Cutting across the divide

Theatre exponent Anuradha Kapur talks about her directorial ventures and the need to promote modern theatre

Published - January 08, 2015 08:23 pm IST - MADURAI:

Intense: Anuradha Kapur. Photo: R. Ashok

Intense: Anuradha Kapur. Photo: R. Ashok

“Mein zinda hoon…,” when Kadambini cried, it was like modern theatre crying for attention. Kadambini in Rabindranath Tagore’s Jeevito Mrito brought to life the travails of widows in this country. It could well be the voice of the play’s director Anuradha Kapur trying to convince the audience about the existence of modern theatre as a pure performing art form.

“For a theatre to be alive, one must understand that it has to run around telling people about where we live. If life is terrible with noise pollution and mobile phone, we must talk about it,” she adds.

Anuradha Kapur served in the National School of Drama, Delhi, in various capacities before retiring as Director two years ago. Her illustrious list of students includes Seema Biswas, Irrfan Khan, Rajpal Yadav, Nawazuddin Siddiqui and Adil Hussein.

Anuradha brings her rich theatre experience of over three decades into her works. She also believes in integrating different art forms and most of her directorial works have been in association with visual and video artistes and filmmakers including Madhushree Dutta, Nalini Malani, Nilima Sheikh, Arpita Singh, Sumanth Jayakrishnan and Vivan Sundaram.

She developed interest in theatre when she was in school. “I did a lot of theatre in school. Rather I was in a school where a lot of theatre activities happened,” she chuckles. “Some of the finest artistes of that time in contemporary dance, painting and theatre, were my teachers,” she says.

As member of Dishantar theatre group, founded by Om Shivpuri, she acted in several plays. Her parents were liberal minded and encouraged her to pursue her dreams. She went to United Kingdom to do her post graduate degree and then doctorate in drama. She came back and joined NSD as a faculty. “Nobody could have lived purely on drama at that time. Luckily for me I got this job. For me there was not much difference between leisure and work time and that prompted me to become the co-founder of a theatre group Vivadi,” she recalls.

It all started with a workshop on popular imagery of women, where Anuradha met her like-minded friends, painter Neelima Sheik, Anamika, Vidya Rao (singer), Geetanjali Shree (writer) and Madhushree Dutta (documentarian) and they came together to form Vivadi in 1989.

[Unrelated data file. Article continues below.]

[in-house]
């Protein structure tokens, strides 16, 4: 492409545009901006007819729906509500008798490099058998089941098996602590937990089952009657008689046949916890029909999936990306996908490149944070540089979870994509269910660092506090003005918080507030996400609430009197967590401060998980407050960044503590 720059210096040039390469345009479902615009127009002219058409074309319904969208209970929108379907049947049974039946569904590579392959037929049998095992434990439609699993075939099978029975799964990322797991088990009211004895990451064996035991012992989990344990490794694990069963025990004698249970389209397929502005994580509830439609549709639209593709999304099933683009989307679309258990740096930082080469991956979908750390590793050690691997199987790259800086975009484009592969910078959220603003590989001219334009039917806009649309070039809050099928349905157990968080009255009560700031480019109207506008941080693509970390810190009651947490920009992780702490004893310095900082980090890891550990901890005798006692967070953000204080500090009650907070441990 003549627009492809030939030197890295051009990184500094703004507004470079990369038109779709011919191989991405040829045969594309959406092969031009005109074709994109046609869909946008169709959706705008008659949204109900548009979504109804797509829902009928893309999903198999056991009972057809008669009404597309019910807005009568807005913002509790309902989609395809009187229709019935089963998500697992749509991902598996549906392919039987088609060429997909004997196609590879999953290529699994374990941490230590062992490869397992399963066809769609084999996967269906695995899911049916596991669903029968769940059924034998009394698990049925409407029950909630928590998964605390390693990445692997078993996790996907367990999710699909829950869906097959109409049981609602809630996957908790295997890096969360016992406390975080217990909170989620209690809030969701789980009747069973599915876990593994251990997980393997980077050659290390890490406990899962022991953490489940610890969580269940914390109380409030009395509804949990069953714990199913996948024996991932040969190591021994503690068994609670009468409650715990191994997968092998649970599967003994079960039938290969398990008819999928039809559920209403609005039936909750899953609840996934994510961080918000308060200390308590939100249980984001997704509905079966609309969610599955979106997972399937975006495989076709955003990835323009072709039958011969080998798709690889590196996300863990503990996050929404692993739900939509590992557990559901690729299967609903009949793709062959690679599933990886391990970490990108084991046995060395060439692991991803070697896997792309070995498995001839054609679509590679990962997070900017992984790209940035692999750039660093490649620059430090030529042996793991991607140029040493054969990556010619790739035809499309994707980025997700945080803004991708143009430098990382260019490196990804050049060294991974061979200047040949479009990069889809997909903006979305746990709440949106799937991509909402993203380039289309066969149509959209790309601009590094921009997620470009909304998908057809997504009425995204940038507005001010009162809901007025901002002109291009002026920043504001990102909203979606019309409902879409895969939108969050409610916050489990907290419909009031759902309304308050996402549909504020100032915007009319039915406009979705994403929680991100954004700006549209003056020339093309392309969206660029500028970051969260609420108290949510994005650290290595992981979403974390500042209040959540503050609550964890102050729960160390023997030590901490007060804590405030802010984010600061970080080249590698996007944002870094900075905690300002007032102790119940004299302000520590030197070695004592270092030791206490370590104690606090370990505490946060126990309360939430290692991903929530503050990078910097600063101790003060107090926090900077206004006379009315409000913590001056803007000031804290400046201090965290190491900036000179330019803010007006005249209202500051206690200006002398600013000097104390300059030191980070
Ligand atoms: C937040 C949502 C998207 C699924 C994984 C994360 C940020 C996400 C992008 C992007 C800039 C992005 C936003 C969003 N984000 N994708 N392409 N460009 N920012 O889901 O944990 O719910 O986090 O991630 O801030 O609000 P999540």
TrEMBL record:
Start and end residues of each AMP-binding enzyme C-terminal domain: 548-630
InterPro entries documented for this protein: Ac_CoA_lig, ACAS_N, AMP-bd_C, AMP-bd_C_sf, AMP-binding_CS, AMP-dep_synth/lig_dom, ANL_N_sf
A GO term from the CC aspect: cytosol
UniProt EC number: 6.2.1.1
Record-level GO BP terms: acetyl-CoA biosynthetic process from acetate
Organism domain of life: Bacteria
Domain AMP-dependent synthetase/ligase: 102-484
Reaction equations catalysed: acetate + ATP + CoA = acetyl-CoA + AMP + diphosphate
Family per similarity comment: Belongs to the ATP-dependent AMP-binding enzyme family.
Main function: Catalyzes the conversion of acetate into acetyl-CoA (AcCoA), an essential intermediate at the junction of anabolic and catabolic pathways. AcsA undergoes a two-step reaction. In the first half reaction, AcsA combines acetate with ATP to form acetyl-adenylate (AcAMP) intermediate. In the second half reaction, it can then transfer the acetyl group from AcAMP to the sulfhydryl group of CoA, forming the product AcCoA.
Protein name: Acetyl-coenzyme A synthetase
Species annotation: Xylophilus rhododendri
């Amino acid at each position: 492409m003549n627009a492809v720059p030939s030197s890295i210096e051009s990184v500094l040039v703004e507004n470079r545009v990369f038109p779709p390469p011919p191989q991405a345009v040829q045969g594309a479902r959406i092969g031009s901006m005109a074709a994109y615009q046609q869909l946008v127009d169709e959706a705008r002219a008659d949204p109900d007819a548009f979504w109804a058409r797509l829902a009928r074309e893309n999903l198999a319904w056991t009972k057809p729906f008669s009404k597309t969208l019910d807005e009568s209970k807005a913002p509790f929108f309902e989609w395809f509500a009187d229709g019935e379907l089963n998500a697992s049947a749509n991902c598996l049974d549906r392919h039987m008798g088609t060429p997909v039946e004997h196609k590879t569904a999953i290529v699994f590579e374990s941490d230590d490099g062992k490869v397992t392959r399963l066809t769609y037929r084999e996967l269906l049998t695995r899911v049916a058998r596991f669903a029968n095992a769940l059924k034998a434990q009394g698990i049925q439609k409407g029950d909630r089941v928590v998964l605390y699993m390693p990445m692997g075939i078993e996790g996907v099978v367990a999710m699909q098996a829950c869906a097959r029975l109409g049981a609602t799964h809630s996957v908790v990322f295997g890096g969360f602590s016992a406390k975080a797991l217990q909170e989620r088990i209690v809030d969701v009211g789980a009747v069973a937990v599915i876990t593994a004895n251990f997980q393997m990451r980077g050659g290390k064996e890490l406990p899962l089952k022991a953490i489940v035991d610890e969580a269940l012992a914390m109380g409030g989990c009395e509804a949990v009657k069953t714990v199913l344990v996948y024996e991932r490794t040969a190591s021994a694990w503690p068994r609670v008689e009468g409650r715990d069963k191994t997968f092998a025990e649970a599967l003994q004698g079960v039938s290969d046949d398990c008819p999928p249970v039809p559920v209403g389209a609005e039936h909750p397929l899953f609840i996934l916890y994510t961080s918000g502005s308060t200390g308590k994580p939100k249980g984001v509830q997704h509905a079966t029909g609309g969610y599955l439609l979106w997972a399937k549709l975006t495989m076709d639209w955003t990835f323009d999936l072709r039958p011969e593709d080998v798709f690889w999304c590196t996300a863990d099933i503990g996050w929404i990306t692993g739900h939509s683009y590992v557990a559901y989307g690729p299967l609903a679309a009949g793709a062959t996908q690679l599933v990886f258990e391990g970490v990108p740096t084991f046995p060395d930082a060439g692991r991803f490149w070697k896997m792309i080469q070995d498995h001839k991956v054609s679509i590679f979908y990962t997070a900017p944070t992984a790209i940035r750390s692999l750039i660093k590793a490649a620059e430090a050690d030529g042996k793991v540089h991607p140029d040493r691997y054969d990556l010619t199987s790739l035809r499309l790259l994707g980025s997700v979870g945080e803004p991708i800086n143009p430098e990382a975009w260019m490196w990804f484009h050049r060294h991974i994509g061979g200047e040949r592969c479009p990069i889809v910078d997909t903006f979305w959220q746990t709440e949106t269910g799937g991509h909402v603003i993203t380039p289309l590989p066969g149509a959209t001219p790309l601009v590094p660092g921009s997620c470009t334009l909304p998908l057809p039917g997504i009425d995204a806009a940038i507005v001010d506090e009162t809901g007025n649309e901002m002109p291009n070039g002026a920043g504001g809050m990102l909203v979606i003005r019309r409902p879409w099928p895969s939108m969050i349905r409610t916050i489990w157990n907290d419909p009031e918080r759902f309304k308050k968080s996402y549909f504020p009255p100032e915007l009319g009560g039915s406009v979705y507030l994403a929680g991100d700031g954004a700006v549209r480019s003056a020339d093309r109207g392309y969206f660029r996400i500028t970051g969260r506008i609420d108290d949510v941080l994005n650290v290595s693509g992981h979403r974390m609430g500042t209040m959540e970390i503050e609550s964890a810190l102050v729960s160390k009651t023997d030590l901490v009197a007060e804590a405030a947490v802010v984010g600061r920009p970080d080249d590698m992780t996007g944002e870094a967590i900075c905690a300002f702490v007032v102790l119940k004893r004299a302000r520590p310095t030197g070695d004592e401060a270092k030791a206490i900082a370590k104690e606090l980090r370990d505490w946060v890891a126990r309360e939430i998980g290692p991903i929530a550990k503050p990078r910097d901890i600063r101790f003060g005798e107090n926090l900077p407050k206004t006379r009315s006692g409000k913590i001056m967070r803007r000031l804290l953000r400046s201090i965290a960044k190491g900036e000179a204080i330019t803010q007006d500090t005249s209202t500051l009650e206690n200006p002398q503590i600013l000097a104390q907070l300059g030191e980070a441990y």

“Our point of discussion was how we figure women on stage, in music, in painting. We staged Umrao Jaan Ada an urdu novel by Mirza Hadi Ruswa and rewrote the ending. It is a conventional courtesan novel but we ended our play on a positive note. Each of my directorial ventures is a collective exercise,” she says.

About Jeevito Mrito , she says that she did not want the play to be conventional. “The look and feel of the play is rationalistic. Since there are hardly any classic soliloquies in Hindi literature, I wanted this play to be a dialogue between a woman and her self. We can’t have conventional form for this kind of play. We found a kind of language that is half real but not real that is why we worked on the set and miniaturised them,” she says.

Anuradha combined action, body and voice in the play and had Seema in mind for the role. “In a more conventional play Seema would not have used both her and hands and legs to move. I made her to rehearse without any text and she discovered all the action.”

Anuradha has also directed the long and detailed production Virasat , a triology by Mahesh Elkunchwar. “It is about movement of feudal Brahmin family losing all its riches. It is a three-hour play which had everything that is done as part of daily life. For instance, the actors cooked on stage. The play was designed in such a way that the audience was never more than two feet away from the action, she says.

Anuradha advocates more repertories and opportunities for the budding actors in order to keep the theatre alertness alive. She also proffers educational institutions to support practical theatre in their premises. “We have seen many obituaries written on theatre but it rises like a phoenix,” says Anuradha.


Besides directing more 50 plays, Anuradha Kapur is the author of Actors, Pilgrims, Kings and Gods: the Ramlila at Ramnagar . She has also devised, co-scripted and directed street plays on feminist issues with Theatre Union, Delhi. In 2004 she was awarded Sangeet Natak Award for Direction in Theatre.

She has attended Workshop Theatre at University of Leeds and acted and directed plays including Hayavadana , Mother Courage and Lower Depths . She was invited by the Black Tent Theatre to direct Kuo Pao Kun's work Lao Jiu: the Ninth Born, (Navlakkha) as part of the Asian Art Festival held at the New National Theatre, Tokyo in October 2000.

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